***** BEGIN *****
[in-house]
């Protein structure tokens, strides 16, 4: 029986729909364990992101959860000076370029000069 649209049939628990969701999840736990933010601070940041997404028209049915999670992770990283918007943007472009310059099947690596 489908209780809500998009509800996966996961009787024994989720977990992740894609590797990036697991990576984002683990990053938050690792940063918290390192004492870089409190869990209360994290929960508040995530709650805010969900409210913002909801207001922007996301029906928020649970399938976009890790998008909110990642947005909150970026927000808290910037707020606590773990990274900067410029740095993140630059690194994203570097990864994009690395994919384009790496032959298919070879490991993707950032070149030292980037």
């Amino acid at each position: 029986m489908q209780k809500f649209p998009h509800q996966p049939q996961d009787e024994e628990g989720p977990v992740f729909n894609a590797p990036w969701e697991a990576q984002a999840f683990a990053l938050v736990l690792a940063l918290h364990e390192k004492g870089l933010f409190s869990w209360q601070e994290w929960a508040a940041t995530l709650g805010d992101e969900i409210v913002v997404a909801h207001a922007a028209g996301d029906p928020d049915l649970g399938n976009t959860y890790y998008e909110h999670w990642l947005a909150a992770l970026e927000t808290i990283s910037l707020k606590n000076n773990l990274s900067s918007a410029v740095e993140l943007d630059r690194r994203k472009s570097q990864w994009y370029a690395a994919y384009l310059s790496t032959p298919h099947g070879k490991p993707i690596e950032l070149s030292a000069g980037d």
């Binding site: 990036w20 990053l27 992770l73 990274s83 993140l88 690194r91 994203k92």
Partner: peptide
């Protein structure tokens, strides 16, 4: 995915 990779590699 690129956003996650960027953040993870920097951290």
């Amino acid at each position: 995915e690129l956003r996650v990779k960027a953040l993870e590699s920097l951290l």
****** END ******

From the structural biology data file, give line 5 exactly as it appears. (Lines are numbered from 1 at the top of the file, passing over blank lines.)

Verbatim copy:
Partner: peptide